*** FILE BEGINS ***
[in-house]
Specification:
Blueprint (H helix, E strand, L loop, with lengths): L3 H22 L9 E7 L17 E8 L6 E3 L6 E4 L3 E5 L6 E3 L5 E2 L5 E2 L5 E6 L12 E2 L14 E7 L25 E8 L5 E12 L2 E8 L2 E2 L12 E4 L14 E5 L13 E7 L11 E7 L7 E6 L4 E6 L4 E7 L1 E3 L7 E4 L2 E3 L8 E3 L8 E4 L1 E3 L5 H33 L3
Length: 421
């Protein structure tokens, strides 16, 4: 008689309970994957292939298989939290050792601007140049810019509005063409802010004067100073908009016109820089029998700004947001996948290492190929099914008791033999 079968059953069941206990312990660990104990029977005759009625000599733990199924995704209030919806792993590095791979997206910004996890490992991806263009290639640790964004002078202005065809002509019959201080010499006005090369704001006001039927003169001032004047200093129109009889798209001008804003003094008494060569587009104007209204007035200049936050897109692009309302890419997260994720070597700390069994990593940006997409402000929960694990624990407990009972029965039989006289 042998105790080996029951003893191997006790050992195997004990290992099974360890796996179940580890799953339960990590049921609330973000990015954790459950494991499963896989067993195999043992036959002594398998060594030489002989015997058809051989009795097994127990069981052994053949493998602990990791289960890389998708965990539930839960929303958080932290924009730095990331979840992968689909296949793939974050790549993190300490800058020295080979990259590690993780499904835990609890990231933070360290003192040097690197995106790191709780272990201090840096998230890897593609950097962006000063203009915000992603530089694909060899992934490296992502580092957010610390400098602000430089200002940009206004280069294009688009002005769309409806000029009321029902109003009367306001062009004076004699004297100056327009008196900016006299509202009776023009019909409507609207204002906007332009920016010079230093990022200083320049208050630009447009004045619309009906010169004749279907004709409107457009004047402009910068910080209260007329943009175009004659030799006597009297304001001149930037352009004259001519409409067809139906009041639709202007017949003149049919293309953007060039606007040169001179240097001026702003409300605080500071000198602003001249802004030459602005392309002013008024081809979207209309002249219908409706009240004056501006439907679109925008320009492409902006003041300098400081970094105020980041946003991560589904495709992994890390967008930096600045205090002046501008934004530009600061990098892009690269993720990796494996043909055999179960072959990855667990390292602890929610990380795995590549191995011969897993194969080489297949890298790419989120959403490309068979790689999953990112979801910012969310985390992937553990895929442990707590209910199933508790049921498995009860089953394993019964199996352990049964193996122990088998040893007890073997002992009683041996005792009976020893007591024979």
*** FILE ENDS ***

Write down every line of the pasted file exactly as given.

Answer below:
[in-house]
Specification:
Blueprint (H helix, E strand, L loop, with lengths): L3 H22 L9 E7 L17 E8 L6 E3 L6 E4 L3 E5 L6 E3 L5 E2 L5 E2 L5 E6 L12 E2 L14 E7 L25 E8 L5 E12 L2 E8 L2 E2 L12 E4 L14 E5 L13 E7 L11 E7 L7 E6 L4 E6 L4 E7 L1 E3 L7 E4 L2 E3 L8 E3 L8 E4 L1 E3 L5 H33 L3
Length: 421
């Protein structure tokens, strides 16, 4: 008689309970994957292939298989939290050792601007140049810019509005063409802010004067100073908009016109820089029998700004947001996948290492190929099914008791033999 079968059953069941206990312990660990104990029977005759009625000599733990199924995704209030919806792993590095791979997206910004996890490992991806263009290639640790964004002078202005065809002509019959201080010499006005090369704001006001039927003169001032004047200093129109009889798209001008804003003094008494060569587009104007209204007035200049936050897109692009309302890419997260994720070597700390069994990593940006997409402000929960694990624990407990009972029965039989006289 042998105790080996029951003893191997006790050992195997004990290992099974360890796996179940580890799953339960990590049921609330973000990015954790459950494991499963896989067993195999043992036959002594398998060594030489002989015997058809051989009795097994127990069981052994053949493998602990990791289960890389998708965990539930839960929303958080932290924009730095990331979840992968689909296949793939974050790549993190300490800058020295080979990259590690993780499904835990609890990231933070360290003192040097690197995106790191709780272990201090840096998230890897593609950097962006000063203009915000992603530089694909060899992934490296992502580092957010610390400098602000430089200002940009206004280069294009688009002005769309409806000029009321029902109003009367306001062009004076004699004297100056327009008196900016006299509202009776023009019909409507609207204002906007332009920016010079230093990022200083320049208050630009447009004045619309009906010169004749279907004709409107457009004047402009910068910080209260007329943009175009004659030799006597009297304001001149930037352009004259001519409409067809139906009041639709202007017949003149049919293309953007060039606007040169001179240097001026702003409300605080500071000198602003001249802004030459602005392309002013008024081809979207209309002249219908409706009240004056501006439907679109925008320009492409902006003041300098400081970094105020980041946003991560589904495709992994890390967008930096600045205090002046501008934004530009600061990098892009690269993720990796494996043909055999179960072959990855667990390292602890929610990380795995590549191995011969897993194969080489297949890298790419989120959403490309068979790689999953990112979801910012969310985390992937553990895929442990707590209910199933508790049921498995009860089953394993019964199996352990049964193996122990088998040893007890073997002992009683041996005792009976020893007591024979």